NEW YORK, NY.- The Elizabeth Harris Gallery
is presenting materializing, a show of recent ceramics by Elisa DArrigo. In this exhibition, her 11th with the gallery, DArrigo continues to explore the possibilities for integrating painting, drawing, improvisational process and animated sculptural form within the context of the glazed ceramic vessel.
materializing refers to DArrigos spontaneous approach to her pieces. The works begin as variously sized hollow and hand-built cylindrical forms that the artist then manipulates and combines while wet, in a period of intense improvisation.
DArrigos penchant for intuitive decisions yields forms that seem surprising, yet oddly familiar, as they allude to the body in a gestural and even visceral manner. They exude a figural presence their hollowness evokes the notion of interiority, and animation from within. The artist has stated that she is compelled by the way we inhabit and imagine our bodies from the inside out, and how abstract form can communicate meaning, emotion and even humor. Unexpected asymmetries merge with densely glazed surfaces that run with an impossible wealth of color, pattern and texture
Variously nubby and scaly, striated and pocked, the resulting surfaces evoke polished gemstones, luster glass, patterned knits and flesh both tender pink and charred, mineral black. (excerpted quote from catalogue essay by Nancy Princenthal, accompanying DArrigos 2019 exhibition In the Moment).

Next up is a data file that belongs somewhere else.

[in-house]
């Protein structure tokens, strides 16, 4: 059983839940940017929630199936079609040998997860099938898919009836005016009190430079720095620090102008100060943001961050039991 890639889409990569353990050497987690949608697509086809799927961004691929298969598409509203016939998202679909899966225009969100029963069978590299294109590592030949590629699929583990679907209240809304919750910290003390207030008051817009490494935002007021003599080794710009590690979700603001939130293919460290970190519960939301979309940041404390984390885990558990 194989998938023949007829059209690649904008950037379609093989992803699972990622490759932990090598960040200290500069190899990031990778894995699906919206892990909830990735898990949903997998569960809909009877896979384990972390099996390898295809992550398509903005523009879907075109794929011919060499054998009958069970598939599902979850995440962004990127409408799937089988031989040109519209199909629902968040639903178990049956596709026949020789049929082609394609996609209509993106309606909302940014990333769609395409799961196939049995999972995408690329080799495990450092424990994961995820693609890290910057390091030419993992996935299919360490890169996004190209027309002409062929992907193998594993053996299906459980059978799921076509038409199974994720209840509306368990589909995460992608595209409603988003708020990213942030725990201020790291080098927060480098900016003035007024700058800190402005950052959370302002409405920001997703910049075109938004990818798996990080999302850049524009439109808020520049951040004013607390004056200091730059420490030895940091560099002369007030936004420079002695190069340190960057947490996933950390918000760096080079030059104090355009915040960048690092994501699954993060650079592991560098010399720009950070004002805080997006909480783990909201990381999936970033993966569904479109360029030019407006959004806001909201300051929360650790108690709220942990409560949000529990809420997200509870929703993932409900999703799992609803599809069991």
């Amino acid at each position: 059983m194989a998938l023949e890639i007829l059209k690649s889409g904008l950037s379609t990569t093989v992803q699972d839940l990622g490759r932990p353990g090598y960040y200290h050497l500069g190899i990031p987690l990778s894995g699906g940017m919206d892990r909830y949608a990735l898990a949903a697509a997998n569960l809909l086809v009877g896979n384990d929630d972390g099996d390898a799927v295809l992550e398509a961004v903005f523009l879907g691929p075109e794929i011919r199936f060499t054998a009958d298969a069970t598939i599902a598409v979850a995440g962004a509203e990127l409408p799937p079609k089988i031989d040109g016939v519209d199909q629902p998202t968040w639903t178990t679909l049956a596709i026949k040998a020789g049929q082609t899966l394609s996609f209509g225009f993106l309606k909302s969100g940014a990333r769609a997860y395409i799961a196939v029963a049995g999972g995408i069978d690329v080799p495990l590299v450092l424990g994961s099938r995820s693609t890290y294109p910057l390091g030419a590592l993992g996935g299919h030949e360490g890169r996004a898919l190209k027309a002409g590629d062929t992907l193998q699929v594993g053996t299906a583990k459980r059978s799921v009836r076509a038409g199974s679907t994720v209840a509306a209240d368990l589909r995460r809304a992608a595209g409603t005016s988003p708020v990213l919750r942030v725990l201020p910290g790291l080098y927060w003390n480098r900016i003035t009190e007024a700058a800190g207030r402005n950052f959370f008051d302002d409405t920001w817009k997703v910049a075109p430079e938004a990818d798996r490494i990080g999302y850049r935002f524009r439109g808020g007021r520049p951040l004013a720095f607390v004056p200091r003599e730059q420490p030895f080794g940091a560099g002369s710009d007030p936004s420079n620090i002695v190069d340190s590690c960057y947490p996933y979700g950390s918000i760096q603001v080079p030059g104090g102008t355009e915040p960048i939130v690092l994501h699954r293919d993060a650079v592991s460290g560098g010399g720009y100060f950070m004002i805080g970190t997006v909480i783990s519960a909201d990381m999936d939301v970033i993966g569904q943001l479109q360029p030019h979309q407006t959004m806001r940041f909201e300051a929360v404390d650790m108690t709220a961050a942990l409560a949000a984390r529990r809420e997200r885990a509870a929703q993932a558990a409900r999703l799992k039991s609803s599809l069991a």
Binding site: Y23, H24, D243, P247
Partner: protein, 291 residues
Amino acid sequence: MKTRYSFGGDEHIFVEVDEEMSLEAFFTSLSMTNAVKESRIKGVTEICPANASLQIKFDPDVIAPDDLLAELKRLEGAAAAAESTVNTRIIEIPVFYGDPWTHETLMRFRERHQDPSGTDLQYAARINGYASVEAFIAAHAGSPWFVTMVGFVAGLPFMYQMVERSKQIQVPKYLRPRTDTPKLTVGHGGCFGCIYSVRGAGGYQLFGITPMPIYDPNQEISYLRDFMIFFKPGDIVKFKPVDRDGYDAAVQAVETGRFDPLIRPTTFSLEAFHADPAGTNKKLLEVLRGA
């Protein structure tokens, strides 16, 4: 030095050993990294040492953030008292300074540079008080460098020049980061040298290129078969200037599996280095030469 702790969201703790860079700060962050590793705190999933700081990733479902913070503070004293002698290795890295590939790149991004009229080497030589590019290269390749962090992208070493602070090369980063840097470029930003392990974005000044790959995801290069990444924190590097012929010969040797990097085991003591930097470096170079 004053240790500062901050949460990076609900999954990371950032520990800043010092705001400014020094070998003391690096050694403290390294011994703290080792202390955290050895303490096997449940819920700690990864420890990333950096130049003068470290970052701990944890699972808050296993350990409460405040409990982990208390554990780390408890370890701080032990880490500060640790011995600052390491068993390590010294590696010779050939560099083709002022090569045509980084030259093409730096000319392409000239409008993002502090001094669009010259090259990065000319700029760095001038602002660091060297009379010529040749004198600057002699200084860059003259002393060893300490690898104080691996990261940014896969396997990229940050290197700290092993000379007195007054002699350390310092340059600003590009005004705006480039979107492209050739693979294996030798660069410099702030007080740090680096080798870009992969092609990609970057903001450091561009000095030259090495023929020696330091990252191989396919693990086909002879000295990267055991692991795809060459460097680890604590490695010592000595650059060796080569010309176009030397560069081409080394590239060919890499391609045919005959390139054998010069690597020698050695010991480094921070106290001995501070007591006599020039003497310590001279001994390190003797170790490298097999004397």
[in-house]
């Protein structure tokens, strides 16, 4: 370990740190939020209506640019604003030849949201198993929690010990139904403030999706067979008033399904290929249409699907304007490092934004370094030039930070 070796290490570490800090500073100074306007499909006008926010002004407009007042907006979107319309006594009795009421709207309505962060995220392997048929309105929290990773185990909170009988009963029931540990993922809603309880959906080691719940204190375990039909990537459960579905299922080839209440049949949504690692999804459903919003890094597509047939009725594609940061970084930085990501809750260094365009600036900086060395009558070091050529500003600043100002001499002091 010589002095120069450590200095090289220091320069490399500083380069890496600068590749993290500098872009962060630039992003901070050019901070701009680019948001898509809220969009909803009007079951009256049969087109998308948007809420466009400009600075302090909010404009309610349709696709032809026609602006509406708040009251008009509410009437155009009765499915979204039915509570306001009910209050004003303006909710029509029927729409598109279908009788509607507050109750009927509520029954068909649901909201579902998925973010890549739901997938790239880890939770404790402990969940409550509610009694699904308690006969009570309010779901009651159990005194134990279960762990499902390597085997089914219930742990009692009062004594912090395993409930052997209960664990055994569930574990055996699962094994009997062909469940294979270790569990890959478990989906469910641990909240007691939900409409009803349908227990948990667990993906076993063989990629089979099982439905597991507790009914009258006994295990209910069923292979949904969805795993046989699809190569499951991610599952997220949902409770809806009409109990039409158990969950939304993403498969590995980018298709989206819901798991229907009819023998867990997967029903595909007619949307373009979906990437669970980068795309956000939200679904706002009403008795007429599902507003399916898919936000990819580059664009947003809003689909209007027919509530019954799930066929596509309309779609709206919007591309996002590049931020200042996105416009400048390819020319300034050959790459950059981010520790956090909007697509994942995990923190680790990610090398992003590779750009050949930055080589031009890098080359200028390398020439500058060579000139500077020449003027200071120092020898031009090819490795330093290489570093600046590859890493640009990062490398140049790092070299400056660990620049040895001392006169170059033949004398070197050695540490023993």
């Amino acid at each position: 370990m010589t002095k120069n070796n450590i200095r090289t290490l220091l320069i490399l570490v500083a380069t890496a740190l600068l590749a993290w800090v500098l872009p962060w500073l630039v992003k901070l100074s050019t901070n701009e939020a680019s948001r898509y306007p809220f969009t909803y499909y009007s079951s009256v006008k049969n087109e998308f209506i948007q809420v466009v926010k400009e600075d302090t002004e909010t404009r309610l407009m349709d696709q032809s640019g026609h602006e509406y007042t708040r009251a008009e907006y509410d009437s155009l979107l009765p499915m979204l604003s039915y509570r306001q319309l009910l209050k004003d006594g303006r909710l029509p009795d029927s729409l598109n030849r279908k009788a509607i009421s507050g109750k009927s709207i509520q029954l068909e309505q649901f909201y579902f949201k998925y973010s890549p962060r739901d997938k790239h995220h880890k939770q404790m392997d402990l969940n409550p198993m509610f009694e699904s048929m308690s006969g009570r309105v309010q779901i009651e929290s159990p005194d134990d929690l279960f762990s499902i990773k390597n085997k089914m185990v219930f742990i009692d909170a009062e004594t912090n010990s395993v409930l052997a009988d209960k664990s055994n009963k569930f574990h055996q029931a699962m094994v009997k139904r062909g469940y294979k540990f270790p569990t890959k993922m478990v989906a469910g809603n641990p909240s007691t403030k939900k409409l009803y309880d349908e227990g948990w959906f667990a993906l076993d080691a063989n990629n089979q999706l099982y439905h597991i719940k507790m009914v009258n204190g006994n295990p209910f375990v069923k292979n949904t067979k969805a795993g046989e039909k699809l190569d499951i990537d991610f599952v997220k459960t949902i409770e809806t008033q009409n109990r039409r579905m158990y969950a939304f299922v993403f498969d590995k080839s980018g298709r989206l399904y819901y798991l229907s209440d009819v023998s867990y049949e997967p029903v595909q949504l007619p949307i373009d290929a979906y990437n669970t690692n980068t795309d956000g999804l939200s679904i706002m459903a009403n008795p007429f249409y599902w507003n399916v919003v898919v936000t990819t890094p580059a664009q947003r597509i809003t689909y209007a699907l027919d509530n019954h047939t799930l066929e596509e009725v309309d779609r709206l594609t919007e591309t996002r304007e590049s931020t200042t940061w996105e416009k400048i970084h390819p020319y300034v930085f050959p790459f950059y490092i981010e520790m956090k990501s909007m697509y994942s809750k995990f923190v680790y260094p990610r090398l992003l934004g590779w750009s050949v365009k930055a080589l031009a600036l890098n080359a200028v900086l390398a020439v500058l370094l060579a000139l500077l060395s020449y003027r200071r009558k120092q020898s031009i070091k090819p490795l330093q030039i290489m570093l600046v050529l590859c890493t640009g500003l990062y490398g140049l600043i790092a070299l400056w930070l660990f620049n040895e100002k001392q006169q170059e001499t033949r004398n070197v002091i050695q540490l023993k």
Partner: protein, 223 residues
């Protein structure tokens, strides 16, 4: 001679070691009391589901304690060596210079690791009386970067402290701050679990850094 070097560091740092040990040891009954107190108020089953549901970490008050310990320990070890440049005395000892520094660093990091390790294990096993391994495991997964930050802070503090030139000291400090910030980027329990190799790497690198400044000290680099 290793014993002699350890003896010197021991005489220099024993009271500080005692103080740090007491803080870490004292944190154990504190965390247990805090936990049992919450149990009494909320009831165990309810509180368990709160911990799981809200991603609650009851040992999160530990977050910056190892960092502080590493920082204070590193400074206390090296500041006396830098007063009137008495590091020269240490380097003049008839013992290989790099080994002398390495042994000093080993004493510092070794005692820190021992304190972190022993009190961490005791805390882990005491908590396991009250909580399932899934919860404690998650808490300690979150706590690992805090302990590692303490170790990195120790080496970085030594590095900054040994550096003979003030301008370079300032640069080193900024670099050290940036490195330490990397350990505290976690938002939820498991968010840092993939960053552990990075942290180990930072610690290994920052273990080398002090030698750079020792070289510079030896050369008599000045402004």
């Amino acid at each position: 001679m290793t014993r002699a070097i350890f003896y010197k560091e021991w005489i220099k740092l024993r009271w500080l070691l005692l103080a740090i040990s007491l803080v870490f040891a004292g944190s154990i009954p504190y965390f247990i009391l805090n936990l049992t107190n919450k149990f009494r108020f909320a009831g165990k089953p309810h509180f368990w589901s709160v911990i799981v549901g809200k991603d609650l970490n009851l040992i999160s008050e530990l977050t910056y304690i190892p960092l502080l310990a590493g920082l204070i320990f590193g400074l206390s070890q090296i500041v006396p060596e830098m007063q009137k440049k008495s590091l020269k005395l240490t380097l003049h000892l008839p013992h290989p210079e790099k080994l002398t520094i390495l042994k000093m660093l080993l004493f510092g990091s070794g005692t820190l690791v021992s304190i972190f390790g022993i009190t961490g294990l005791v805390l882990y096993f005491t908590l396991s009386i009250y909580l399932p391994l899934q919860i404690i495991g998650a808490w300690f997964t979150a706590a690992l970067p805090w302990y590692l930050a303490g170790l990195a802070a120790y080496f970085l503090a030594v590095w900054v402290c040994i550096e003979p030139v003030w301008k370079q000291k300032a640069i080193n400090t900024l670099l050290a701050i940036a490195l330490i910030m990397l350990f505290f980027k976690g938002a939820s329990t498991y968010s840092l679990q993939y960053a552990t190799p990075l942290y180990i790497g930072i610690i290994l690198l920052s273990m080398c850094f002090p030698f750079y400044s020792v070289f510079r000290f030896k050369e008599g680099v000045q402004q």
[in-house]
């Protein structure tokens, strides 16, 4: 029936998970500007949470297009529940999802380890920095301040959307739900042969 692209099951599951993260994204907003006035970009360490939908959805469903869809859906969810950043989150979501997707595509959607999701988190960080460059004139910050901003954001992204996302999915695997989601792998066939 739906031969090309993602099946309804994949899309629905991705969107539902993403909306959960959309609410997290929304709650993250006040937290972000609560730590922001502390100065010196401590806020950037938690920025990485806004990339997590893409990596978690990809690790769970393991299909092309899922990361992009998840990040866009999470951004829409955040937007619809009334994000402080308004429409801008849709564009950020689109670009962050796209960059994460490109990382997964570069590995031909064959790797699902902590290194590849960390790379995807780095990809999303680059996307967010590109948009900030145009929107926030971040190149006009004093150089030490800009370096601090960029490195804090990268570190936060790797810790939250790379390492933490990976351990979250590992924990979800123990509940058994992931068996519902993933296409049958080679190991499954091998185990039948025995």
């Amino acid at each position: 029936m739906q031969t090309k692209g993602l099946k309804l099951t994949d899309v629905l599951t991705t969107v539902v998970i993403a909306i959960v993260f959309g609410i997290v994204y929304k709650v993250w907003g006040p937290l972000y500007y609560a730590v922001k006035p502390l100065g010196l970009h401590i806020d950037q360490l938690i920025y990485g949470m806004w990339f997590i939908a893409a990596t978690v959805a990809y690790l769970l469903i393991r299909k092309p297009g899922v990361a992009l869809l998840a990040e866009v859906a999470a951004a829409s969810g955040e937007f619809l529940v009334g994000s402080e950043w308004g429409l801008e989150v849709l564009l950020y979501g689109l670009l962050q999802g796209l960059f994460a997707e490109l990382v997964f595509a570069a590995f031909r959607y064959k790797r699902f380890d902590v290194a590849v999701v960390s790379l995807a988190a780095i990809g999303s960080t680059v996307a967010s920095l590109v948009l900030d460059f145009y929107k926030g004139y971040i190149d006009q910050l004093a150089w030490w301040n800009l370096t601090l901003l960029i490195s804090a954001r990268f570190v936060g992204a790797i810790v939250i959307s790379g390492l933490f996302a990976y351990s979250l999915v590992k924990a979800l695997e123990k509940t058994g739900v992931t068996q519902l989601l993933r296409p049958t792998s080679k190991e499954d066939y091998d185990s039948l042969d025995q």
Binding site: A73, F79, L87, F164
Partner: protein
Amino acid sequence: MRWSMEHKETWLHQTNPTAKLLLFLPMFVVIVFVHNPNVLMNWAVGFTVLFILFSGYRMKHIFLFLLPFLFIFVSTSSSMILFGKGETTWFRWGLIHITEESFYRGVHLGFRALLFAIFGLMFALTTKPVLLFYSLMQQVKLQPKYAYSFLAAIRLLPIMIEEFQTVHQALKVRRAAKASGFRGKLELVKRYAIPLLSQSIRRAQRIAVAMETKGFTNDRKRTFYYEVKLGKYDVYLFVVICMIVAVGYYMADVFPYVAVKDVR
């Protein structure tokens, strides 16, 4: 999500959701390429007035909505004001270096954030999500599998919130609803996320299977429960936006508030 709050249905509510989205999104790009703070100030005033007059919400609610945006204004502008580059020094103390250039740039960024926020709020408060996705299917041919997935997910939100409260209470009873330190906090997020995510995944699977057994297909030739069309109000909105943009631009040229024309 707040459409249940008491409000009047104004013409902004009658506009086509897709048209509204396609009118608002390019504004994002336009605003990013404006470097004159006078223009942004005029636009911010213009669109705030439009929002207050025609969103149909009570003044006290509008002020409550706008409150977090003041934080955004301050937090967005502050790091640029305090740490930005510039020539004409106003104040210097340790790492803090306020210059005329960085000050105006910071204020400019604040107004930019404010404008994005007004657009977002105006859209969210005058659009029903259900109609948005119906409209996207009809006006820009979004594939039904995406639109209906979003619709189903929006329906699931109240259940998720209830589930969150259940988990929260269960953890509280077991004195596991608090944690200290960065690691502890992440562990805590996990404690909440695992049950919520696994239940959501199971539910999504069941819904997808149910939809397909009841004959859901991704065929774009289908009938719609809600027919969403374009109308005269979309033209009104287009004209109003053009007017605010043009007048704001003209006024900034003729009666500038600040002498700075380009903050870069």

In a review that appeared in Hyperallergic (April 21, 2019), when discussing DArrigos works, John Yau notes:
these works can be swollen or scrunched, ultimately becoming personifications of vulnerability, clumsiness, and inelegance all the aspects of our body and behavior that call attention to our fallibilities. I think DArrigos preternatural ability to invade that side of our consciousness the one that is fearful of the gaze of others imbues her pieces with their unaccountable presence.
A majority of the pieces were made during the Covid-19 lockdown. Intermittent access to a kiln required that the artist transport fragile unfired works or raw glazed pieces by hand across town, sometimes on foot. She also adjusted her glazing methods, doing much preliminary glazing before the works were ever fired. Many of these works convey either a feeling of self-containment, or a twisting, wriggling attempt to re-position, echoing collectively experienced psychological responses to a deeply unsettling time.
DArrigos work is in the collections of the Metropolitan Museum of Art, The High Museum of Art, The Mead Art Museum, The Samuel Dorsky Museum of Art, The Mint Museum of Art and Design and The Weatherspoon Art Museum. Reviews of her work have appeared in several publications including Hyperallergic, The New York Times, Art in America, ArtNews, Sculpture, Partisan Review, ArtPapers, and The New York Observer.
Her works can also be seen in Shapes From Out Of Nowhere: Ceramics From The Collection Of Robert A. Ellison Jr. currently on view at the Metropolitan Museum of Art (through August 2021). There is an accompanying book of the same title, with essays by Robert A. Ellison Jr. and Glenn Adamson.